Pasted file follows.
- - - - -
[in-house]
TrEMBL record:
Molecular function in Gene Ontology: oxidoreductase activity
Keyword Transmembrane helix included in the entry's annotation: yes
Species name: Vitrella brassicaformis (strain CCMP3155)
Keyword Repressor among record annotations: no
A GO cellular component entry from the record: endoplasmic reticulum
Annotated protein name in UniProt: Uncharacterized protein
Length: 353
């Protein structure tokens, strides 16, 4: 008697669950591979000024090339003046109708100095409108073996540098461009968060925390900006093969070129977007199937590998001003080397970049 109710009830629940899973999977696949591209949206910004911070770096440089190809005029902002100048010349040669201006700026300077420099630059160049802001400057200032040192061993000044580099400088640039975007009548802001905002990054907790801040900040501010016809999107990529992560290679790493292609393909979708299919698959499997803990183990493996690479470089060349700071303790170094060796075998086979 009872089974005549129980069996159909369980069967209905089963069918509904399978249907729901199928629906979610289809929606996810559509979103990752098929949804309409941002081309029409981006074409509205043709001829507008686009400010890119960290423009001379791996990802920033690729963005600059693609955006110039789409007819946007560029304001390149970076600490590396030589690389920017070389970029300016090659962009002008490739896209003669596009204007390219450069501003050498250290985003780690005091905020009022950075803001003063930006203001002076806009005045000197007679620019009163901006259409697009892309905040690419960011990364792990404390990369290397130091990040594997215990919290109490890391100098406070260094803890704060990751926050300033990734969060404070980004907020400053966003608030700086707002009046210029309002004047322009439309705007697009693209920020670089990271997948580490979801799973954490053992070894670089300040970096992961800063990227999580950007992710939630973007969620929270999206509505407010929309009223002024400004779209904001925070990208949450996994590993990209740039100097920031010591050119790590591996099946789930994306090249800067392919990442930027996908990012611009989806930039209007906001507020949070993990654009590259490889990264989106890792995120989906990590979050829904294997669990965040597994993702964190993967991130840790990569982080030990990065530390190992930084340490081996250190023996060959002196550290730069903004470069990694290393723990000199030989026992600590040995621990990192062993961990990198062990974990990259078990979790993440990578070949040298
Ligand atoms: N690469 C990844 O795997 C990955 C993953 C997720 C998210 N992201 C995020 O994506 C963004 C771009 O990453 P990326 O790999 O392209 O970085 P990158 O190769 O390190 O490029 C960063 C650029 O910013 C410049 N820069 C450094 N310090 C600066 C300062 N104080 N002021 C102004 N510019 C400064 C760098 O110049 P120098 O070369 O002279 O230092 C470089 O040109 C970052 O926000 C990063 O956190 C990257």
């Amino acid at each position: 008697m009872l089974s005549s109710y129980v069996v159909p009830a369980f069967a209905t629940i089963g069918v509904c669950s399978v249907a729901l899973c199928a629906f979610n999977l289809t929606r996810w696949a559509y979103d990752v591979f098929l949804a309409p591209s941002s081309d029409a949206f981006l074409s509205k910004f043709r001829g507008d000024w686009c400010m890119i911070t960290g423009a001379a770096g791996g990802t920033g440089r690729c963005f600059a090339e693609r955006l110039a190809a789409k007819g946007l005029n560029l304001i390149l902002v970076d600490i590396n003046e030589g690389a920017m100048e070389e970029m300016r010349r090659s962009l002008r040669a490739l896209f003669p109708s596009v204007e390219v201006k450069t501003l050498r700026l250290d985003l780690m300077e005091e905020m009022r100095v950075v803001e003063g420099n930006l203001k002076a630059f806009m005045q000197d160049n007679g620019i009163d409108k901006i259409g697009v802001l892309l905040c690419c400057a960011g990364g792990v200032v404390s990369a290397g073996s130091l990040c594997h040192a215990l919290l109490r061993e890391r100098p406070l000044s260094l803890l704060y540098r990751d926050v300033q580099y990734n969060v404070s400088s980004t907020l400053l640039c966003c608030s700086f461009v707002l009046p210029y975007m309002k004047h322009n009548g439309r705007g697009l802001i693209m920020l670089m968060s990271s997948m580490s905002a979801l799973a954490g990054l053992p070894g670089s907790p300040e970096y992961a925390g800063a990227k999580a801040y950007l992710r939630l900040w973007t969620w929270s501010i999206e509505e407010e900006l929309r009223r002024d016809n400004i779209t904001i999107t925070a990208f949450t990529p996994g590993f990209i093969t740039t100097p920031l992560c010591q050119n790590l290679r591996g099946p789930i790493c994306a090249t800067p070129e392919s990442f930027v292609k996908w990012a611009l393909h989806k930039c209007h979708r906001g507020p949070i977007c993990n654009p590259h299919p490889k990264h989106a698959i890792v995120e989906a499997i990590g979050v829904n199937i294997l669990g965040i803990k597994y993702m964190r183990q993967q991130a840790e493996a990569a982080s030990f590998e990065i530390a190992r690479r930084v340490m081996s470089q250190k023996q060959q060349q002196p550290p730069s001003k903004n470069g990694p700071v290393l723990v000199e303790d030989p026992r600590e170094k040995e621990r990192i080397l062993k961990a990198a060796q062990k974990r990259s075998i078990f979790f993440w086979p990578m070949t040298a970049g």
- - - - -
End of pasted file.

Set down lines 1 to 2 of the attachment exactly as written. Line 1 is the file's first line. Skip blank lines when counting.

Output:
[in-house]
TrEMBL record: